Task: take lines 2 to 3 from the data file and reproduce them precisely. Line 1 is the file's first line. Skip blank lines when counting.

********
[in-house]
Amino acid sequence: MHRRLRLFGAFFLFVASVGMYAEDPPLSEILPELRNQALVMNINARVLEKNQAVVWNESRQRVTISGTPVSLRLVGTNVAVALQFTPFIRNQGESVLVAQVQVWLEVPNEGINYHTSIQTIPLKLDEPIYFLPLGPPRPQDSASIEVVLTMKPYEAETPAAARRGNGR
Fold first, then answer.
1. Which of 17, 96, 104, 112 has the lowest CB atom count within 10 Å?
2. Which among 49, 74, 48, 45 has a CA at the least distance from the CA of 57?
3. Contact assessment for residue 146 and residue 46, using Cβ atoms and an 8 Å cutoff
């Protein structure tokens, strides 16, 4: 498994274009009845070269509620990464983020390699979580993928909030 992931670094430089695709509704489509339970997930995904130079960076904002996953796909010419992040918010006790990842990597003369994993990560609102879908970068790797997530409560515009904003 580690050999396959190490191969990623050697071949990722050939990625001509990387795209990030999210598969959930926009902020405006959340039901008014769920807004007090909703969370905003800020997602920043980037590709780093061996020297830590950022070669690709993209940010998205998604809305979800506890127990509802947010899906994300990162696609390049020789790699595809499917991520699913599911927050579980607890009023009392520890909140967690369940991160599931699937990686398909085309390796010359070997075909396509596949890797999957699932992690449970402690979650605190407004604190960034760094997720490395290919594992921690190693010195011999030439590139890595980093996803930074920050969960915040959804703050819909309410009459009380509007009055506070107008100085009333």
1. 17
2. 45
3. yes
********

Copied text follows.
Amino acid sequence: MHRRLRLFGAFFLFVASVGMYAEDPPLSEILPELRNQALVMNINARVLEKNQAVVWNESRQRVTISGTPVSLRLVGTNVAVALQFTPFIRNQGESVLVAQVQVWLEVPNEGINYHTSIQTIPLKLDEPIYFLPLGPPRPQDSASIEVVLTMKPYEAETPAAARRGNGR
Fold first, then answer.